Obama rules out deep cuts into U.S. force levels in Afghanistan

14:44, October 08, 2009      

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The bottom line for the U.S. strategy in Afghanistan is no deep cuts in troop levels, President Barack Obama told congressional leaders.

During a session with a bipartisan group of congressional leaders on Tuesday, the president also made it clear that the U.S. mission in Afghanistan would not be narrowed down to just hunting al-Qaida leaders, according to U.S. TV and wire reports Wednesday.

Analysts said, based on Obama's remarks at the meeting, that he seemed to be searching for some sort of middle ground.

The president said he wanted to "dispense with the straw man argument that this is about either doubling down or leaving Afghanistan."

While leading congressional Democrats said they would support whatever Obama decided, others challenged him about sending more troops.

Republicans pressed him to order an escalation without delay.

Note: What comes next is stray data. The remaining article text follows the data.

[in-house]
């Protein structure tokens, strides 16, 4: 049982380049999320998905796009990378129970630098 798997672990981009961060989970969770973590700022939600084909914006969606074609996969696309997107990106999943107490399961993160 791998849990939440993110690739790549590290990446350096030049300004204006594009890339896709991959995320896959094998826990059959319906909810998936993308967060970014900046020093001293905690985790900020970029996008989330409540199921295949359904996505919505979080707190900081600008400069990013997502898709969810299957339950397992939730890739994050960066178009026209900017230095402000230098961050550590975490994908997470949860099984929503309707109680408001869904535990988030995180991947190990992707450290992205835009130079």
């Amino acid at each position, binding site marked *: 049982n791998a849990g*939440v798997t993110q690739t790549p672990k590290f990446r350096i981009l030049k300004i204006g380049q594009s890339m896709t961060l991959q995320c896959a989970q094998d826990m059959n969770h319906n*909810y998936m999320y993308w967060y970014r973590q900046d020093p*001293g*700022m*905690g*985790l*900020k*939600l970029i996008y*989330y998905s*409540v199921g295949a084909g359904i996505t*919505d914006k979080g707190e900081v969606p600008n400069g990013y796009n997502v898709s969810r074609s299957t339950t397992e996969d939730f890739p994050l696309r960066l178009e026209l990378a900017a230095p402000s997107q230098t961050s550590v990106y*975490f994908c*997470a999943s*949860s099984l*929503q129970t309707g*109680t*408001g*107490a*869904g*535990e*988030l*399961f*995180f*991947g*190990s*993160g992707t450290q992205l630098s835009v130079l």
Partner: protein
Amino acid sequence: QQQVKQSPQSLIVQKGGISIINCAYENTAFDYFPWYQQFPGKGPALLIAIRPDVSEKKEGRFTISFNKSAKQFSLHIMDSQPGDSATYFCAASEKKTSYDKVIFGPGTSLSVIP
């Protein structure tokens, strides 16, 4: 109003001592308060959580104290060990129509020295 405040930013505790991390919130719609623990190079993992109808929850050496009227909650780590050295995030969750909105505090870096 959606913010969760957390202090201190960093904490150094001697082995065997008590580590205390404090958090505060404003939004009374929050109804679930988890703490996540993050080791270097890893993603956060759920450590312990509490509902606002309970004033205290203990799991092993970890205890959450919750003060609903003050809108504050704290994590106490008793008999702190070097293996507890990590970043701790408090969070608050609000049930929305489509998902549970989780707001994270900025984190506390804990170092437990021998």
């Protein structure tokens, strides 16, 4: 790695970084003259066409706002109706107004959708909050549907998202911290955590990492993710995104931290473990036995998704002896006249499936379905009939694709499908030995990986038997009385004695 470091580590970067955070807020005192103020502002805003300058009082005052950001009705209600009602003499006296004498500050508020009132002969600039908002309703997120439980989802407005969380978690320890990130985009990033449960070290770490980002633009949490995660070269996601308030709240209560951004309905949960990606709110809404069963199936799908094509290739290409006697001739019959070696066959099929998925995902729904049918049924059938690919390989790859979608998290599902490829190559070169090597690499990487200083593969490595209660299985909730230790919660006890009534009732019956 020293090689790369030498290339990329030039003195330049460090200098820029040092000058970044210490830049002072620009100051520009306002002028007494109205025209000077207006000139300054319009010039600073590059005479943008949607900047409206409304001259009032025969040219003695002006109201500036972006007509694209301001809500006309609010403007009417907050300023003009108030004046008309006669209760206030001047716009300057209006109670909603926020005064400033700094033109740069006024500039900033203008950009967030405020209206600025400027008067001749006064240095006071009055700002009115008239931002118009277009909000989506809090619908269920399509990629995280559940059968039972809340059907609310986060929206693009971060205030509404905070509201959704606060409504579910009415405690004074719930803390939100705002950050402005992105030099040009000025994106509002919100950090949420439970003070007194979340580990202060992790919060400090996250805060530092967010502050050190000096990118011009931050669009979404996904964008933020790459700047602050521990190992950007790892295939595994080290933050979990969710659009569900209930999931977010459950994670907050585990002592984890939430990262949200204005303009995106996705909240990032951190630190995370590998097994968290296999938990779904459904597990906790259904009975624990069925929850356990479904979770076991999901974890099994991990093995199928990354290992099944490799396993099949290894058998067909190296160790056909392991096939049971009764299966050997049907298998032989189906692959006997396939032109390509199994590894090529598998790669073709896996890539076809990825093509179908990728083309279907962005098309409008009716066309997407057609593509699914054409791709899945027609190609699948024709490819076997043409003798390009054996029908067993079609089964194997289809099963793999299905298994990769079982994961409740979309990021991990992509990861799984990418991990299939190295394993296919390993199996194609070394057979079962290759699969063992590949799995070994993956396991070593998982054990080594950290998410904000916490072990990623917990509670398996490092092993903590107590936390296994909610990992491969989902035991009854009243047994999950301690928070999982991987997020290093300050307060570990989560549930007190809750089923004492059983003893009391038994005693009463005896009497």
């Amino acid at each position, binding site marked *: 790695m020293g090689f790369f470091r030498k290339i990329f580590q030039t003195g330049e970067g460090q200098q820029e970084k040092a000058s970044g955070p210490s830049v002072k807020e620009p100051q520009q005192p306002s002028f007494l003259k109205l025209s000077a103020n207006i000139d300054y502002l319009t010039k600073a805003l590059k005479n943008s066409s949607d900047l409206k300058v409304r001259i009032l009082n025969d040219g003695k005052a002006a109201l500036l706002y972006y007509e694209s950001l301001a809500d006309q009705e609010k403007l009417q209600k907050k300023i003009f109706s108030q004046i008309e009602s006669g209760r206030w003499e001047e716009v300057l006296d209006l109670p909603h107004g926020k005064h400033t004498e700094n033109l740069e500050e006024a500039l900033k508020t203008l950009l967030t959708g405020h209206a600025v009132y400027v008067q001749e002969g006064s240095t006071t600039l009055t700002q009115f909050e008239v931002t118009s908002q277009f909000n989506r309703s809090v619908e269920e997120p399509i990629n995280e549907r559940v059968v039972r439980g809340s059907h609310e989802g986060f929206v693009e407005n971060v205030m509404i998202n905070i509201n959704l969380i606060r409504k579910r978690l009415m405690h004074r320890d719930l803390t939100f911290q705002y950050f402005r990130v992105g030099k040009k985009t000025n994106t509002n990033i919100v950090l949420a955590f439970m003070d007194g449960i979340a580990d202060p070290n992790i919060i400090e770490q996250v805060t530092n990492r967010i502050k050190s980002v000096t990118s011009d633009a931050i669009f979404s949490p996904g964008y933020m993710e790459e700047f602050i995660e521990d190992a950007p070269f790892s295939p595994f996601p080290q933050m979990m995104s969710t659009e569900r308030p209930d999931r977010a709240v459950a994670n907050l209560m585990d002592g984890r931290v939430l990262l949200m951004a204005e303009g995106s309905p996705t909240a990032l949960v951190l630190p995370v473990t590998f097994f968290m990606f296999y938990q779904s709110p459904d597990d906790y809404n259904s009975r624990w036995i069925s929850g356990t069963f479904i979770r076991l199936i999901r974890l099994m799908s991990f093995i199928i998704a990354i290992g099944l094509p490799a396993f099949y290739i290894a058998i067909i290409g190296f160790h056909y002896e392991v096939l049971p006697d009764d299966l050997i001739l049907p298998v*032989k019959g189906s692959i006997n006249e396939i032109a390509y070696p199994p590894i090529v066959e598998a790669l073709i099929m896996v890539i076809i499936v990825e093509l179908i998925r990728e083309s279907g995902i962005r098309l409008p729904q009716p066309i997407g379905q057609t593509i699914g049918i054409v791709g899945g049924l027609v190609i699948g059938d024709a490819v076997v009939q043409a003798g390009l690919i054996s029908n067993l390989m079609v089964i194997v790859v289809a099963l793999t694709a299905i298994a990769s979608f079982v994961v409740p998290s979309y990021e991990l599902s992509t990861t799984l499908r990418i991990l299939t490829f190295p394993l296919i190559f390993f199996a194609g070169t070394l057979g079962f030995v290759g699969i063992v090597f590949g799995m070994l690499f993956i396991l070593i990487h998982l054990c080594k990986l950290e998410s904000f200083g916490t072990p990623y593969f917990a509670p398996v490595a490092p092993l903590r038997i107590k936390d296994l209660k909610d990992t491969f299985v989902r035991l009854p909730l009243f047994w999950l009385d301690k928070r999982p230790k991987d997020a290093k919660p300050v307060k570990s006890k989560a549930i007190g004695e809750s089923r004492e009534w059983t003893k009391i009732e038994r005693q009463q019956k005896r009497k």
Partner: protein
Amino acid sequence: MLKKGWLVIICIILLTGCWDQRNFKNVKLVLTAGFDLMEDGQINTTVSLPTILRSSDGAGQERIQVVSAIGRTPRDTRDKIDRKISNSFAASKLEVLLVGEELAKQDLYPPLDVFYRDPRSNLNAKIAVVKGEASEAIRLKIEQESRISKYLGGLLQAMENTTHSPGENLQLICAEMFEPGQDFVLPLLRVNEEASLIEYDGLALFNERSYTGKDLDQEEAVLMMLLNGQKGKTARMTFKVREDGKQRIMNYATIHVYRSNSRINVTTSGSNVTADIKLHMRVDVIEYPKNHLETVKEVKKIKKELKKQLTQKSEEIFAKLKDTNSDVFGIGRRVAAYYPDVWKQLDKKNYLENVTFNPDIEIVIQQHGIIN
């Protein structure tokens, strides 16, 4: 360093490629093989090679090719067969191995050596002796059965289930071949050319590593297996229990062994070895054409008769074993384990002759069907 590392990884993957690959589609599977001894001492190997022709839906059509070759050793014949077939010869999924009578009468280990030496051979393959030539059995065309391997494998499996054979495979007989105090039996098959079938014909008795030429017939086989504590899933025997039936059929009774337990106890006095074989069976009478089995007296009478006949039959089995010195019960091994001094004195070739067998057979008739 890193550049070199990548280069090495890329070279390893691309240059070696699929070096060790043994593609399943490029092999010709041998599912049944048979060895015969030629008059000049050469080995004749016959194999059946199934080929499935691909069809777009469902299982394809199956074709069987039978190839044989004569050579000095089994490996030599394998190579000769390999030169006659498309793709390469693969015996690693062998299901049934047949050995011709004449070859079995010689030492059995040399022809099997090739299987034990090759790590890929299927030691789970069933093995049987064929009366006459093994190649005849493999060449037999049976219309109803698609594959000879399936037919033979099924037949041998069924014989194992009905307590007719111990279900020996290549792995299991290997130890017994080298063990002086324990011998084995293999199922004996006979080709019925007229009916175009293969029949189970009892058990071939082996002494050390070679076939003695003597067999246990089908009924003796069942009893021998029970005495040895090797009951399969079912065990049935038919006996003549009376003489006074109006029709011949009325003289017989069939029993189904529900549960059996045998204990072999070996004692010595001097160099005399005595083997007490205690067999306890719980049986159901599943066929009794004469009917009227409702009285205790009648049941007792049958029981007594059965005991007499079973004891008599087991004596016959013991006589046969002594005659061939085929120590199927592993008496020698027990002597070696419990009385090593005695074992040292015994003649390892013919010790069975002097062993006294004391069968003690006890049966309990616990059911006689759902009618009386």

Washington is currently split on the future direction of the Afghan strategy.

Top military leaders and opposition Republicans are pressing Obama to act quickly to increase the present 68,000-troop level by as many as 40,000.

Meanwhile, senior White House advisors are reportedly pushing back the request for sending large number of additional troops to Afghanistan. Instead, they said, the U.S. should focus on faster military training of Afghan forces, the assassinations of al-Qaida leaders and support for the government of neighboring Pakistan in its fight against the Taliban.

As the casualty toll grows and public support for the Afghan war wanes, Obama is carrying out a major strategy review of his Afghanistan policy, which could either lead to more troops being sent or a cutback in the 68,000-strong U.S. force there.

Source: Xinhua
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